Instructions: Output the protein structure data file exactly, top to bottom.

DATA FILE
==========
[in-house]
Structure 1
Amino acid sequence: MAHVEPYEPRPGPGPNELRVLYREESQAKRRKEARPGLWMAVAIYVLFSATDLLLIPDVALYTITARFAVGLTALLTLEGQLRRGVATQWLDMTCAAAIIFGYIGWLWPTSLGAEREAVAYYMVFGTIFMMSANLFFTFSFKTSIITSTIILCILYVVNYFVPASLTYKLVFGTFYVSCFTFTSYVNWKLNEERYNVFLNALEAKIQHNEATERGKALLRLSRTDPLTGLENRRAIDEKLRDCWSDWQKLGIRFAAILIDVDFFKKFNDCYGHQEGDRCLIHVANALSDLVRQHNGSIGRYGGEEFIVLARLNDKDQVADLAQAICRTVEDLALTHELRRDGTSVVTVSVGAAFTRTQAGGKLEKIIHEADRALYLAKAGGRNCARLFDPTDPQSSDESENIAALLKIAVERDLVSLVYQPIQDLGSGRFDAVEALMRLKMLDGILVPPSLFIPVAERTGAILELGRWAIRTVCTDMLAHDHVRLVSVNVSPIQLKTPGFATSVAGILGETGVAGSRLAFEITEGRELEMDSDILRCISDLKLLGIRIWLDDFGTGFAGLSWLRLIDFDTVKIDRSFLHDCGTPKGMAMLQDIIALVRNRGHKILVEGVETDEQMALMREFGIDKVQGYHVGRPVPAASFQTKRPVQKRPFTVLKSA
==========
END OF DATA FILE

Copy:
[in-house]
Structure 1
Amino acid sequence: MAHVEPYEPRPGPGPNELRVLYREESQAKRRKEARPGLWMAVAIYVLFSATDLLLIPDVALYTITARFAVGLTALLTLEGQLRRGVATQWLDMTCAAAIIFGYIGWLWPTSLGAEREAVAYYMVFGTIFMMSANLFFTFSFKTSIITSTIILCILYVVNYFVPASLTYKLVFGTFYVSCFTFTSYVNWKLNEERYNVFLNALEAKIQHNEATERGKALLRLSRTDPLTGLENRRAIDEKLRDCWSDWQKLGIRFAAILIDVDFFKKFNDCYGHQEGDRCLIHVANALSDLVRQHNGSIGRYGGEEFIVLARLNDKDQVADLAQAICRTVEDLALTHELRRDGTSVVTVSVGAAFTRTQAGGKLEKIIHEADRALYLAKAGGRNCARLFDPTDPQSSDESENIAALLKIAVERDLVSLVYQPIQDLGSGRFDAVEALMRLKMLDGILVPPSLFIPVAERTGAILELGRWAIRTVCTDMLAHDHVRLVSVNVSPIQLKTPGFATSVAGILGETGVAGSRLAFEITEGRELEMDSDILRCISDLKLLGIRIWLDDFGTGFAGLSWLRLIDFDTVKIDRSFLHDCGTPKGMAMLQDIIALVRNRGHKILVEGVETDEQMALMREFGIDKVQGYHVGRPVPAASFQTKRPVQKRPFTVLKSA